Global Security Newswire
Daily News on Nuclear, Biological & Chemical Weapons, Terrorism and Related Issues
Russia Assails U.S. Plan to Send Aegis Ships to Spain
Russia on Thursday castigated a new Obama administration decision to dock warships equipped with Aegis antimissile technology in Spain, saying it jeopardized chances to reach an accommodation on missile defense, Reuters reported (see GSN, Oct. 5).
The decision to deploy vessels equipped with Aegis ballistic missile defenses to Spain's Naval Station Rota "cannot fail to cause concern," according to the Russian Foreign Ministry.
Russia is engaged in talks with the United States and NATO on collaborating in their development of a European missile shield. Moscow, though, said it worries the alliance plan would be aimed at countering its strategic nuclear deterrent. The Kremlin has threatened to expand its nuclear arsenal if its fears are not addressed.
"If events continue to develop this way ... the opportunity to turn missile defense from an area of confrontation into a subject of cooperation will be lost," the Foreign Ministry said in a prepared statement.
Moscow is angry with Washington for reaching agreements with Poland, Romania and Turkey to host missile shield components on their territories while talks with Russia are still taking place.
Russia said it saw no indications the Obama administration was ready to respond to Moscow's call for a legally enforceable pledge that the European missile shield would not be aimed at Russian nuclear weapons.
"On the contrary, we are seeing an ongoing effort to broaden the areas of deployment of U.S. antimissile facilities," the ministry said (Steve Gutterman, Reuters I, Oct. 6).
At a joint press event with U.S. Defense Secretary Leon Panetta and NATO chief Anders Fogh Rasmussen, Spanish President Jose Luis Rodriquez Zapatero on Wednesday hailed the decision to station four Aegis-equipped destroyers in Spain , Reuters reported.
"This commitment to collective defense is also a guarantee to the defense of Spain and Spaniards," Zapatero said at NATO headquarters in Brussels.
Panetta said Madrid's acceptance of the cruisers was "critical" to allied plans to establish the missile shield and demonstrated Washington's ongoing support for Europe's defense even in the face of substantial U.S. fiscal constraints.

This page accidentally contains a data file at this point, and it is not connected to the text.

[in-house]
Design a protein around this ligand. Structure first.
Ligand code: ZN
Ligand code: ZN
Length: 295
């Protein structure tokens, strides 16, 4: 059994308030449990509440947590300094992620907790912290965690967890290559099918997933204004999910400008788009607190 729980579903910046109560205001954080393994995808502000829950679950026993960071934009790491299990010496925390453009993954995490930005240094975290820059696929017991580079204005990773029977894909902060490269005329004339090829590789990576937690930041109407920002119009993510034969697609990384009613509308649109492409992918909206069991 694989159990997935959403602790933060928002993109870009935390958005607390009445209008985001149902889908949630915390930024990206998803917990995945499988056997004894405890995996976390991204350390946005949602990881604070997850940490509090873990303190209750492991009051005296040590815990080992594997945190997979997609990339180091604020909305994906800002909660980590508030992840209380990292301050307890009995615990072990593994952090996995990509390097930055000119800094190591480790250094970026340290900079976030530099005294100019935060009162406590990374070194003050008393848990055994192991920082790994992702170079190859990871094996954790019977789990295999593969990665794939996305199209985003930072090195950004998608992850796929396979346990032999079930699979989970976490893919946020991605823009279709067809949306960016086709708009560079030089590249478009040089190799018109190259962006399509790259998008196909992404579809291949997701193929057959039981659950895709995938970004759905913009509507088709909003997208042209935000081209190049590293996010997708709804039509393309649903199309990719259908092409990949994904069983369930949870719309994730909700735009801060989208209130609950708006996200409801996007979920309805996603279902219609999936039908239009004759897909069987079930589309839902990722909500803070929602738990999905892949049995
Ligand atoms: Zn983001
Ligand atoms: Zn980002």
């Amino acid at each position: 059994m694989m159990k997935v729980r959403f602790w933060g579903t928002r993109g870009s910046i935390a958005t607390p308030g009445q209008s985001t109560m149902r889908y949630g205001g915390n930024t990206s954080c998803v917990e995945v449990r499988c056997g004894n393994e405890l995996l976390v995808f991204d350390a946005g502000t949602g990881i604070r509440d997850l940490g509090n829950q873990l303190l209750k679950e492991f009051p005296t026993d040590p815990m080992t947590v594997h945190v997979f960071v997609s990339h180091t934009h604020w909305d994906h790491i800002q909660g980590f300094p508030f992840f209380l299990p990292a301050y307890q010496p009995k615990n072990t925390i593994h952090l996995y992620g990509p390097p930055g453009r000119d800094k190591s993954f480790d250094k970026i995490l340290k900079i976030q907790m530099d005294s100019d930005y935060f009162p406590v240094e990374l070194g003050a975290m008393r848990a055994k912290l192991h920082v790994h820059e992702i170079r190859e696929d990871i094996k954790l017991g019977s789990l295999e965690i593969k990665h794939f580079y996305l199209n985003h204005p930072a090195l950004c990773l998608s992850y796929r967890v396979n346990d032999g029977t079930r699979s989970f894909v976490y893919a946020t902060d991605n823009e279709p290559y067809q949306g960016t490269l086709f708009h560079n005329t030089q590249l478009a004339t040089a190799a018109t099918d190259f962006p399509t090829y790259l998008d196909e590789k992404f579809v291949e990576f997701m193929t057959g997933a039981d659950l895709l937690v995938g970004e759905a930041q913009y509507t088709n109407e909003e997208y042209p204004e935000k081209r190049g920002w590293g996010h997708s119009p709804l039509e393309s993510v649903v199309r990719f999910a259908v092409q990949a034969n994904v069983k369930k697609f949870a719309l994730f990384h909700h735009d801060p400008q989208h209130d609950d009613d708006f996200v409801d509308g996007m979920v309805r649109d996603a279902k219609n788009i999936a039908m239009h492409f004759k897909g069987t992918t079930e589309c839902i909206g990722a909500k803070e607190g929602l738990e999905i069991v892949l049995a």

"This announcement should send a very strong signal that the United States is still continuing to invest in this alliance and that we are committed to our defense relationship with Europe," Panetta told reporters.
"The United States is fully committed to building a missile defense capability for the full coverage and protection of all of our NATO European populations, their territories and their forces against the growing threat posed by ballistic missiles," the secretary said.
A high-ranking U.S. official said basing the Aegis ships out of Rota would mean fewer sea-based assets would be required to establish the missile shield. Rota is not far from Cadiz, on Spain's southwestern Atlantic coastline.
"You probably need 10 of these ships if they were based in the eastern U.S. to be able to ... transit across the ocean back and forth to patrol in the [Mediterranean Sea]," the defense official said.
He said the Defense Department was intent on having a minimum of one Aegis vessel continuously present in the eastern Mediterranean.
Rasmussen said he "would not be surprised" if new declarations related to NATO missile defense were made over the next weeks and months.
A high-ranking envoy to the alliance this week said the Netherlands had declared its intention to enhance radar systems that would supply NATO with missile threat alerts (see GSN, Oct. 3; Brunnstrom/Alexander, Reuters II, Oct. 5).
NATO defense chiefs were scheduled to discuss Russia's demand for a guarantee on the missile shield during a meeting on Wednesday and Thursday in Brussels, ITAR-Tass reported.
Rasmussen has said he thinks the Western military bloc and Moscow can reach an agreement on missile defense by next May's planned NATO summit in Chicago.
Russian Ambassador to NATO Dmitry Rogozin "strongly" advised the defense ministers that Russia required "strong guarantees that the European missile defense machine that is being created will not be directed against the allies or partners" (ITAR-Tass, Oct. 5).
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